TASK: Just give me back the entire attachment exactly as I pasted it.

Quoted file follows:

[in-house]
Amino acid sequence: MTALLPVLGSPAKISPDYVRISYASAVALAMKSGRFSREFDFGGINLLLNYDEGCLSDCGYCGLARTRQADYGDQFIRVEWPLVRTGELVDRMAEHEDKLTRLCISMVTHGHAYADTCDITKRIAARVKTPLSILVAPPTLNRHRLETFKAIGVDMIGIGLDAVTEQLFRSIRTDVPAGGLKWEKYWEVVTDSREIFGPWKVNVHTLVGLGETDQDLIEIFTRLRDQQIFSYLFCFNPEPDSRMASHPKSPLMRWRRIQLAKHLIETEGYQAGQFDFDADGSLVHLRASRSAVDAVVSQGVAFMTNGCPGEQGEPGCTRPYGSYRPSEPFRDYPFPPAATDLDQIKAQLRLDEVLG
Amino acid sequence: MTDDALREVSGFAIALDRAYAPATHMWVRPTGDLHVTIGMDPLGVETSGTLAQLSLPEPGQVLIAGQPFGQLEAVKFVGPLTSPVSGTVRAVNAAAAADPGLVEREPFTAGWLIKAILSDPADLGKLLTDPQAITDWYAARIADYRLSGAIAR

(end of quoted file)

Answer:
[in-house]
Amino acid sequence: MTALLPVLGSPAKISPDYVRISYASAVALAMKSGRFSREFDFGGINLLLNYDEGCLSDCGYCGLARTRQADYGDQFIRVEWPLVRTGELVDRMAEHEDKLTRLCISMVTHGHAYADTCDITKRIAARVKTPLSILVAPPTLNRHRLETFKAIGVDMIGIGLDAVTEQLFRSIRTDVPAGGLKWEKYWEVVTDSREIFGPWKVNVHTLVGLGETDQDLIEIFTRLRDQQIFSYLFCFNPEPDSRMASHPKSPLMRWRRIQLAKHLIETEGYQAGQFDFDADGSLVHLRASRSAVDAVVSQGVAFMTNGCPGEQGEPGCTRPYGSYRPSEPFRDYPFPPAATDLDQIKAQLRLDEVLG
Amino acid sequence: MTDDALREVSGFAIALDRAYAPATHMWVRPTGDLHVTIGMDPLGVETSGTLAQLSLPEPGQVLIAGQPFGQLEAVKFVGPLTSPVSGTVRAVNAAAAADPGLVEREPFTAGWLIKAILSDPADLGKLLTDPQAITDWYAARIADYRLSGAIAR